Lewis Hamilton's claim to be the greatest F1 driver of all time – MPH


Lewis Hamilton's staggering win count leaves him far in front of other F1 champions – but do his stats prove him to be the best?

NORTHAMPTON, ENGLAND - JULY 18: Race winner Lewis Hamilton of Great Britain and Mercedes GP celebrates in parc ferme during the F1 Grand Prix of Great Britain at Silverstone on July 18, 2021 in Northampton, England. (Photo by Dan Istitene - Formula 1/Formula 1 via Getty Images)

Hamilton has more wins than anyone in F1, but do his stats make him the greatest?

Dan Istitene - Formula 1/Formula 1 via Getty Images

Records are there to be broken – and in Formula 1 they are always being broken. Because there are more races than ever before and because longer careers are more feasible given the much greater survival odds for a driver in the modern era.

As we wait to see if Lewis Hamilton will return to reclaim the title taken from him by incorrect application of the sporting regulations in Abu Dhabi last year, it’s as good a time as any to take a look at his career stats and what they signify.

To at least take the length of career out of the equation, we can look at percentage of races entered won. In the table below are the top 10 averages of the F1 world championship.

Driver Wins / races competed in Win percentage Years active
1. Juan Manuel Fangio 24 / 51 47.06% 1950-58
2. Alberto Ascari 13 / 32 40.63% 1950-55
3. Lewis Hamilton 103 / 288 35.76% 2007-21
4. Jim Clark 25 / 72 34.72% 1960-68
5. Michael Schumacher* 91 / 306 29.74% 1991-2012
6. Jackie Stewart 27 / 99 27.27% 1965-73
7. Alain Prost 51 / 199 25.63% 1980-1993
8. Ayrton Senna 41/161 25.47% 1984-1994
9. Stirling Moss 16/66 24.24% 1950-1961
10. Damon Hill 22/115 19.13% 1992-1999
*Or Schumacher’s ‘first’ F1 career 91/248 36.69% 1991-2006


Hamilton critics often point out how so much of his career has been spent in the fastest car. Having so many seasons in a super-fast car has of course inflated Hamilton’s total career stats, but that’s rendered irrelevant in this comparison of percentage of victories. And in that measure, he is still the third-highest of all time.

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Besides, being in the fastest car for a big percentage of their career applies to pretty much every driver on this list. They were recruited by the teams with the fastest cars because they’d marked themselves out as special. Once there, they delivered – often against searingly fast team-mates.

Another charge levelled at Hamilton is that the margin of advantage of his Mercedes over the next-best car has been outrageous. Let’s take a look at that claim from a historical perspective: the average percentage performance advantage (in qualifying) of Mercedes over the next fastest car in the eight seasons of the hybrid era to date is 0.46% (ranging from 0.02% behind in 2018 up to 0.9% faster in 2014). How does that compare to other dominant cars in F1 history? It doesn’t get close.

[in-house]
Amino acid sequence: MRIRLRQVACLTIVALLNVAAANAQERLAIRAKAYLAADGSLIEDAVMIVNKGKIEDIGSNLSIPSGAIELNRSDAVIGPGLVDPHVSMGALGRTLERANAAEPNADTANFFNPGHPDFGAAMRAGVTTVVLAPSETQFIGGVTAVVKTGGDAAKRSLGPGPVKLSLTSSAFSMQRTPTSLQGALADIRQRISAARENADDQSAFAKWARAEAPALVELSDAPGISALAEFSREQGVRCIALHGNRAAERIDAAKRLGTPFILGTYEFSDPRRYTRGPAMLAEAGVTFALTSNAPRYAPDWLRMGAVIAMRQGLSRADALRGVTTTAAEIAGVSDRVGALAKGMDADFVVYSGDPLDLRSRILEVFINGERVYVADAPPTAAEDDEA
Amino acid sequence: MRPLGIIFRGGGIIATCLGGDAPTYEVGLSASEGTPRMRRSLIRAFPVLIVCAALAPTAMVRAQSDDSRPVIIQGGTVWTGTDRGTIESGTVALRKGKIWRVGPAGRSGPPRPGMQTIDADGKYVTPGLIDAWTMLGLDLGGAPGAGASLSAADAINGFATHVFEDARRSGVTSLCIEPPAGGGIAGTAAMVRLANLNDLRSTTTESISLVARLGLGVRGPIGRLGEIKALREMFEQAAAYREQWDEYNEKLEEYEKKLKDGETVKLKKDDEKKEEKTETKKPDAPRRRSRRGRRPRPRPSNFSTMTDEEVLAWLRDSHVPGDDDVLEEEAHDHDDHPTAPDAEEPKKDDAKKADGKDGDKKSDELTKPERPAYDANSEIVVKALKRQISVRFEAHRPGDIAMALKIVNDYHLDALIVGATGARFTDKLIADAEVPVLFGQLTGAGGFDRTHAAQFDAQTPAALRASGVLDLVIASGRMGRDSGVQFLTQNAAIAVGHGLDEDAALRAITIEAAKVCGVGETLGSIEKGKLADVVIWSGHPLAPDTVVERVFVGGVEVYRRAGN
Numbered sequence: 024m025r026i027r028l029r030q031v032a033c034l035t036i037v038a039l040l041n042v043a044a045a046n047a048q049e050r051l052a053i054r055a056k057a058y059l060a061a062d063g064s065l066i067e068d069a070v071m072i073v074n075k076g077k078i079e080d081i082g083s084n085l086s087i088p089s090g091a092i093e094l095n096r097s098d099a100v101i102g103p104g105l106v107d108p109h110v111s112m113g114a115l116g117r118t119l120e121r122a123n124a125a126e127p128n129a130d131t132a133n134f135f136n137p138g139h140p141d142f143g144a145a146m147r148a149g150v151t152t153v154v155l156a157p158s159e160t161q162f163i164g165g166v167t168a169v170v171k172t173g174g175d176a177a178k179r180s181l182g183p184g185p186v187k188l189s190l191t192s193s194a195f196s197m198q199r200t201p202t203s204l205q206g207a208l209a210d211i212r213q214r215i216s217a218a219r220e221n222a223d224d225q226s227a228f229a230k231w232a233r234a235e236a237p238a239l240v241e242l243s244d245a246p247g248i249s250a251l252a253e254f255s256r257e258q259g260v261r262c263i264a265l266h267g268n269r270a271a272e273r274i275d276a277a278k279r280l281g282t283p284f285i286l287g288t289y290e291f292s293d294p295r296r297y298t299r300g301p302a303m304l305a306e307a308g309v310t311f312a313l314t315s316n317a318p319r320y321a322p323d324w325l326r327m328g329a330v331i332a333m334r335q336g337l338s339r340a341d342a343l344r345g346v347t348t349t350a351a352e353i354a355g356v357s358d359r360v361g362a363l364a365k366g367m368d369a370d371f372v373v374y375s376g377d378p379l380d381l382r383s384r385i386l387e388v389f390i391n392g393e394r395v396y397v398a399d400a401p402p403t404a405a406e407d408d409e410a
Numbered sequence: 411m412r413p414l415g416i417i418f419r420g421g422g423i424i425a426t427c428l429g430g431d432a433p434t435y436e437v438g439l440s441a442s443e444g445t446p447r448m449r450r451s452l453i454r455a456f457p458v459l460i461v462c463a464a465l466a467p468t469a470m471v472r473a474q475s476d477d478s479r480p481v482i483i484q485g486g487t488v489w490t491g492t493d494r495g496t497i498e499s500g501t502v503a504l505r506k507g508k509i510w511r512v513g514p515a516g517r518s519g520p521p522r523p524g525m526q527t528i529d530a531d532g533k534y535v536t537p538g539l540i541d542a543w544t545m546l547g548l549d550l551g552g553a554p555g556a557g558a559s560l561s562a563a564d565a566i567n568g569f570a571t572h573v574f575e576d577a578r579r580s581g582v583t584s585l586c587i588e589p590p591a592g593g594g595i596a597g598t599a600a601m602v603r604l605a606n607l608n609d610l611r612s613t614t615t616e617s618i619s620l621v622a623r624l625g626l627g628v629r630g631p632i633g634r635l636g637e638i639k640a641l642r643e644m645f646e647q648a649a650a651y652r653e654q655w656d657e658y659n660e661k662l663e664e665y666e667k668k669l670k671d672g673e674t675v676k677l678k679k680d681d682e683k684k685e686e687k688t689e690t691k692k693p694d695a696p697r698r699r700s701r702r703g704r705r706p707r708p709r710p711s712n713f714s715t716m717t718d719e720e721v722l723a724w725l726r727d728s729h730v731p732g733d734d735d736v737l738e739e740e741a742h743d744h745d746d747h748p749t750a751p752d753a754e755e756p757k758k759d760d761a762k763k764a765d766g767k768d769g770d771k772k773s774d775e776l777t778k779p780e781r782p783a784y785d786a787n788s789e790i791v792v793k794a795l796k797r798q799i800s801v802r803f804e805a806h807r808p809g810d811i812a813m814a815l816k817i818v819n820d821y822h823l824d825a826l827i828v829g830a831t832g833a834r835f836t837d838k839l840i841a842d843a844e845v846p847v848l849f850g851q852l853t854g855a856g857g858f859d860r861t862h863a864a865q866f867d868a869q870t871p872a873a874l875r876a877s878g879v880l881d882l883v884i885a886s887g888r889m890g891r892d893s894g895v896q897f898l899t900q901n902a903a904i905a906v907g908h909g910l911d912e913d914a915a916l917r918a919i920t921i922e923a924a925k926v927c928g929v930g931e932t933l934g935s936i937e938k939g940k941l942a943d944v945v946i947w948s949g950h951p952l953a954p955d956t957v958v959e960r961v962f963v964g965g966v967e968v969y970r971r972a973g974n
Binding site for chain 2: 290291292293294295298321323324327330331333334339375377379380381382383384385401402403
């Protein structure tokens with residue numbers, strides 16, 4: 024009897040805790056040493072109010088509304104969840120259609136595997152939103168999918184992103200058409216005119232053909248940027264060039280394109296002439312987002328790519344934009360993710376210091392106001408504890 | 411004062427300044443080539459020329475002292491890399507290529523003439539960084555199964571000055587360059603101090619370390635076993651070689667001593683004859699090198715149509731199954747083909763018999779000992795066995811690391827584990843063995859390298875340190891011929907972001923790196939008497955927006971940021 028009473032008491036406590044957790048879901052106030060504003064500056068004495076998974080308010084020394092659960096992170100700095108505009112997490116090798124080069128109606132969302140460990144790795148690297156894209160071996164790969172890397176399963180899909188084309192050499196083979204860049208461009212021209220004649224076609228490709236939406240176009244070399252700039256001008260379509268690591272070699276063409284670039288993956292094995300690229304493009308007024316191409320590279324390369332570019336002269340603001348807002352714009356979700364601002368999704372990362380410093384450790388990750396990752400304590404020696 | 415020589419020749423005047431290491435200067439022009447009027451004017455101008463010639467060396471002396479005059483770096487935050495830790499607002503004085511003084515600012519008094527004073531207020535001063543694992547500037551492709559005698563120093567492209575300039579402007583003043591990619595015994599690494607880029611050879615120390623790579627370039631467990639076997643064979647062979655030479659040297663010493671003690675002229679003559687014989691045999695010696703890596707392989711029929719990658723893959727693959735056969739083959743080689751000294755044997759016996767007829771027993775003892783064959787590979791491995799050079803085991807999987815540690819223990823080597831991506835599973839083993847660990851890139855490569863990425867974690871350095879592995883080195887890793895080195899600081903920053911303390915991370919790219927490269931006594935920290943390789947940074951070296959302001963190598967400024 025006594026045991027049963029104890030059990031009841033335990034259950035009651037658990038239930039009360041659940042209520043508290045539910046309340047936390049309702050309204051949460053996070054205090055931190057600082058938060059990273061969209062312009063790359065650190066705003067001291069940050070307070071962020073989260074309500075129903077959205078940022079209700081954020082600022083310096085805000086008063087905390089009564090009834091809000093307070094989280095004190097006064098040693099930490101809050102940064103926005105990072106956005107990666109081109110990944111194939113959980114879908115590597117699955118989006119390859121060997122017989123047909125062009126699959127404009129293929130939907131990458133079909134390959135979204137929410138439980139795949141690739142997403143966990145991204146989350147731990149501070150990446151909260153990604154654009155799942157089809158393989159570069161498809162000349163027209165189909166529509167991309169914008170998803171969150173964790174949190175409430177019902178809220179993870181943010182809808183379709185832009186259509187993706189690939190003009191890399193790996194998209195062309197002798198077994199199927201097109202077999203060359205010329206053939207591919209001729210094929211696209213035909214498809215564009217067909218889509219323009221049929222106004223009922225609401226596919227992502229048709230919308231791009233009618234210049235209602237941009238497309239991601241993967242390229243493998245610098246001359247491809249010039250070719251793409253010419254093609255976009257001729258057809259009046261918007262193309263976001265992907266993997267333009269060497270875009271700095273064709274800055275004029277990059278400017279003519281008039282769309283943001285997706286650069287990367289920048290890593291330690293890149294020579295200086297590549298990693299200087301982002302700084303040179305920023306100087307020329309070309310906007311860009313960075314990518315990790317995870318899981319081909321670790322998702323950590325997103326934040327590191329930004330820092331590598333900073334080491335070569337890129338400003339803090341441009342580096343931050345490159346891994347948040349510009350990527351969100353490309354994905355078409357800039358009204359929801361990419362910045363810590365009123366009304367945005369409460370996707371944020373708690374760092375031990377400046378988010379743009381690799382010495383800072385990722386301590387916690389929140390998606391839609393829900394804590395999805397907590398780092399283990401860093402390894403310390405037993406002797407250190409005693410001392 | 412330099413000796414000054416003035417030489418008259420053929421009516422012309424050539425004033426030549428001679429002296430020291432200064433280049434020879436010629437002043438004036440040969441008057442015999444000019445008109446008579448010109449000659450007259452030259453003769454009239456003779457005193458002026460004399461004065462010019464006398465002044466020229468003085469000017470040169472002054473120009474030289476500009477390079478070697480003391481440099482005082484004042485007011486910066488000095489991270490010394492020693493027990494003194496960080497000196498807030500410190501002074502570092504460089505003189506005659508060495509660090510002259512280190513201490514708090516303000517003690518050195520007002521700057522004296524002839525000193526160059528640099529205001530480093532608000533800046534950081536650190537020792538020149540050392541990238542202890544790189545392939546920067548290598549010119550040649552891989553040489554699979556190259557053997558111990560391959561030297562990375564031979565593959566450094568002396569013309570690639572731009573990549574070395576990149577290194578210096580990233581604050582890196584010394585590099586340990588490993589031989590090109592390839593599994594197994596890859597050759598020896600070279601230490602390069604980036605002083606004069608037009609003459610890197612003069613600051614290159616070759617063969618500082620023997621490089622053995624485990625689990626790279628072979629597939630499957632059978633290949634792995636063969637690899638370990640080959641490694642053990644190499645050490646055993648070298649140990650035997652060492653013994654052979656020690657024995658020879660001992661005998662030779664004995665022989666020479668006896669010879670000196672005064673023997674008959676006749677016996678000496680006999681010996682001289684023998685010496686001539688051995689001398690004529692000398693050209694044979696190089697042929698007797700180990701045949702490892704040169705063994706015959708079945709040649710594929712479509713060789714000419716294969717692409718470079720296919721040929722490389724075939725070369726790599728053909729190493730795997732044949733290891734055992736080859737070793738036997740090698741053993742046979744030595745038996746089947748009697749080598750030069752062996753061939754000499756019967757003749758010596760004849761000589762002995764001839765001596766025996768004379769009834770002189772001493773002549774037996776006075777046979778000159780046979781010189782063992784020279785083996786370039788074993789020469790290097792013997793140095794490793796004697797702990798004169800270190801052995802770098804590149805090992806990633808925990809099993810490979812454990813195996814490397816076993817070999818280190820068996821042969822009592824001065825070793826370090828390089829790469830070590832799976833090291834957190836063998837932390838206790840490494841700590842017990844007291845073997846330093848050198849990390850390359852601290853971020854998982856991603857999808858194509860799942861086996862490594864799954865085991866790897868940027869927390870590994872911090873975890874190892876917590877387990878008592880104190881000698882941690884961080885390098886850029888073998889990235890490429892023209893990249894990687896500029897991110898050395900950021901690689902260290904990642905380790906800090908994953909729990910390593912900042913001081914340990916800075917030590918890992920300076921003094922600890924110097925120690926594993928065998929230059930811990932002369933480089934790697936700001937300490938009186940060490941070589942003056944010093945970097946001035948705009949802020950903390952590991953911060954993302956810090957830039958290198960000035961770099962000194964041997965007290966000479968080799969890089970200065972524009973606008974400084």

Year Car Performance percentage over next fastest car
1. 1950 Alfa Romeo Alfetta 2.04%
2. 1992 Williams FW14B 1.92%
3. 1993 Williams FW15C 1.82%
4. 1952 Ferrari 500 1.52%
5. 1988 McLaren MP4/4 1.47%
6. 1967 Lotus 49 1.37%
7. 1961 Ferrari 156 1.29%
8. 1955 Mercedes W196 1.27%
9. 1978 Lotus 79 1.17%


These were all more dominant than even the best of the hybrid Mercs. Some by a spectacular margin.

It’s true that modern reliability flatters Hamilton’s stats relative to those of any pre-’90s drivers. If, for example, we assigned to Jim Clark Hamilton’s reliability record, the great Scot’s win ratio would be well in excess of 50%. Fangio’s would be greater than it already is, Jackie Stewart’s would be comparable to Hamilton’s as probably would Stirling Moss’s.

Lewis Hamilton Fernando Alonso McLaren F1 car launch 2007

Hamilton’s numbers are comparable to Schumacher’s – but Brit has had far tougher team-mates

Grand Prix Photo

But Hamilton’s stats are directly comparable to Schumacher’s, for example. Schumacher was in the outright fastest car for five seasons (’95, ’01, ’02, ’03 and ’04) and in competitively fast cars for six (’94, 97, 98, 99, 2000 and 2006), cars which weren’t unquestionably the best but could enter each race as a contender for a win. Hamilton has been in unquestionably the fastest car for six seasons (in 2014, ’15, ’16, ’17, ’19 and ’20) and competitively fast cars for seven (2007, 08, 10, 11, 12, 18 and ’21). Thirteen seasons of top cars for Hamilton, 10 for Schumacher – and a very similar winning average during that time. Looking only at Schumacher’s ‘first’ career and not his three-year return in a mediocre Mercedes, his winning average is marginally better than Hamilton’s – but that was with subservient team mates in a support role, a luxury Hamilton has never had. Schumacher’s first career stats would have taken a knock had he had alongside him on equal terms the equivalent of Fernando Alonso, Jenson Button and Nico Rosberg.

All of which is to underline that although winning more than any other driver in the championship’s history doesn’t automatically make him the greatest, there’s absolutely nothing about his performances which debars him from being considered as a contender for that accolade. That is true regardless of whether he is a seven or an eight-time world champion. His status is assured regardless of what his decision about 2022 will be.